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US government committee gather evidence on biometric privacy-enhancing technologies

US government committee gather evidence on biometric privacy-enhancing technologies
 

Biometric privacy-enhancing technologies (BPET) could play a major role in protecting the sensitive information of Americans, experts told a House Subcommittee, but both more research and investment in those technologies, and carefully crafted policies to accompany them are needed.

The Subcommittee on Investigations and Oversight, which functions under The U.S. House of Representatives’ Committee on Science, Space, & Technology hosted the hearing on ‘Privacy in the Age of Biometrics.’

Deployed at the point of data-capture, biometric privacy-enhancing technologies can ensure that features unneeded for identification are obfuscated or otherwise not collected, Chairman Bill Foster (D-IL) said. Obfuscation of biometric data so that it cannot be stolen and used elsewhere, as well as templates protected by encryption, are techniques mentioned in Foster’s introduction.

Foster wants the databases of driver’s license photos held by states to be leveraged as biometric reference data for an American national digital ID system he has co-sponsored legislation for.

Ranking Committee Member Jay Obernolte (R-CA) spoke about the need to maintain the benefits of biometrics use with regulation, without taking on additional privacy or security risk. He also spoke about a number of “misguided” legislative proposals he heard while serving in California’s legislature that would have banned facial recognition outright.

Expert witnesses on BPETs

Government Accountability Office Director of Science, Technology Assessment, and Analytics Candice Wright reviewed GAO’s recent work uncovering how facial recognition is used by federal agencies. This research yielded a set of recommendations to improve transparency and the vetting of third-party partners to ensure biometric data is properly protected.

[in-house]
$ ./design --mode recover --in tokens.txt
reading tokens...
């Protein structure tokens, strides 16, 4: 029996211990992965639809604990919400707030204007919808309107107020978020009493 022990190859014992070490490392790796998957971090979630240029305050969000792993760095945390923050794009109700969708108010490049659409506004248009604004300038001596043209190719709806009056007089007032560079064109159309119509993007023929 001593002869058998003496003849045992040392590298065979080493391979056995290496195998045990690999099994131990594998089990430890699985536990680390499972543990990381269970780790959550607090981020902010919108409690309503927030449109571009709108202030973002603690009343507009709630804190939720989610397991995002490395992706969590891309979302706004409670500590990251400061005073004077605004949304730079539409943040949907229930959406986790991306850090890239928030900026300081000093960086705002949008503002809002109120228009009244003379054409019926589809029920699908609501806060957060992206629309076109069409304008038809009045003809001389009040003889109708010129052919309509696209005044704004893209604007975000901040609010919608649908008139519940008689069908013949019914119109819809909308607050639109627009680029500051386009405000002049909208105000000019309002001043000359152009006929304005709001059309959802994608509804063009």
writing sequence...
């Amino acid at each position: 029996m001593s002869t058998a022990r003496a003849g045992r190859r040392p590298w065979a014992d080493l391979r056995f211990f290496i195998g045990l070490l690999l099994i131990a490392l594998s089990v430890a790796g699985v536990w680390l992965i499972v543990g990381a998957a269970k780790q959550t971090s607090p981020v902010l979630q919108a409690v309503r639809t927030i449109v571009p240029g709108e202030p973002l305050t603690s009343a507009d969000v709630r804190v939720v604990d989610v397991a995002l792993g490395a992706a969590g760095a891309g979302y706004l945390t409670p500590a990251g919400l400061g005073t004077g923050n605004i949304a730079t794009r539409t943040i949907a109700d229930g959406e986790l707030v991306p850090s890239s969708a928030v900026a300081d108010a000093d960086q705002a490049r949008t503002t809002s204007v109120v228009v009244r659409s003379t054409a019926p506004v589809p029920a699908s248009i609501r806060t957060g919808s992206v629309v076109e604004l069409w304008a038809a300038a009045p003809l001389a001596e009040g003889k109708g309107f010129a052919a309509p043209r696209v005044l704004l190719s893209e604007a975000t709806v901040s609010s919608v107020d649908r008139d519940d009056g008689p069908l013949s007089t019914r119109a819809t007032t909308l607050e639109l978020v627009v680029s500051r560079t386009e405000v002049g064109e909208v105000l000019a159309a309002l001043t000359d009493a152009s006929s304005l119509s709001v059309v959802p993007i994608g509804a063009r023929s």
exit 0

National Institute of Standards and Technology Information Technology Laboratory Director Dr. Charles H. Romine presented NIST’s approach to supporting privacy in IT systems, including biometrics. That includes NISTS’s Privacy Framework.

Michigan State University Department of Computer Science and Engineering Professor and NSF Center for Identification Technology Research Site Director Dr. Arun Ross noted the potential value of homomorphic encryption to protect biometric data. Cancelable biometrics was explained, along with “perturbing” facial images to allow their use in identification, but the ability to extract information about characteristics like age, sex, race or health is obscured. Ross suggested face images could be made more difficult to scrape from public websites and social media profiles, and that cameras could be deployed that capture data uninterpretable by people, and useful only within a given application.

Academic researchers are generally more aware of privacy concerns than before, and building such considerations into their technology and evaluations.

“This shift in the research culture is remarkable, and bodes well for the future of the technology,” his addressed concluded.

During the question and answer phase of the hearing, Romine said that enormous strides have been recently made to bring homomorphic encryption into the practical realm, though further work remains on that front.

Ross further explained the use of mathematical functions to transform fingerprint templates in ways that make them cancelable.

Obernolte noted that privacy is not necessarily binary, in terms of presence or absence, and discussed the challenge of scope creep with Romine.

Procurement practices, the importance of the context of use to privacy considerations, the privacy rules government agencies are required to adhere to, and the consistency with which privacy impact assessments are applied were also discussed.

More research is needed into differential privacy, Ross said, but the technology could be used to enable the biometric matching of identities within a certain system that cannot be used elsewhere.

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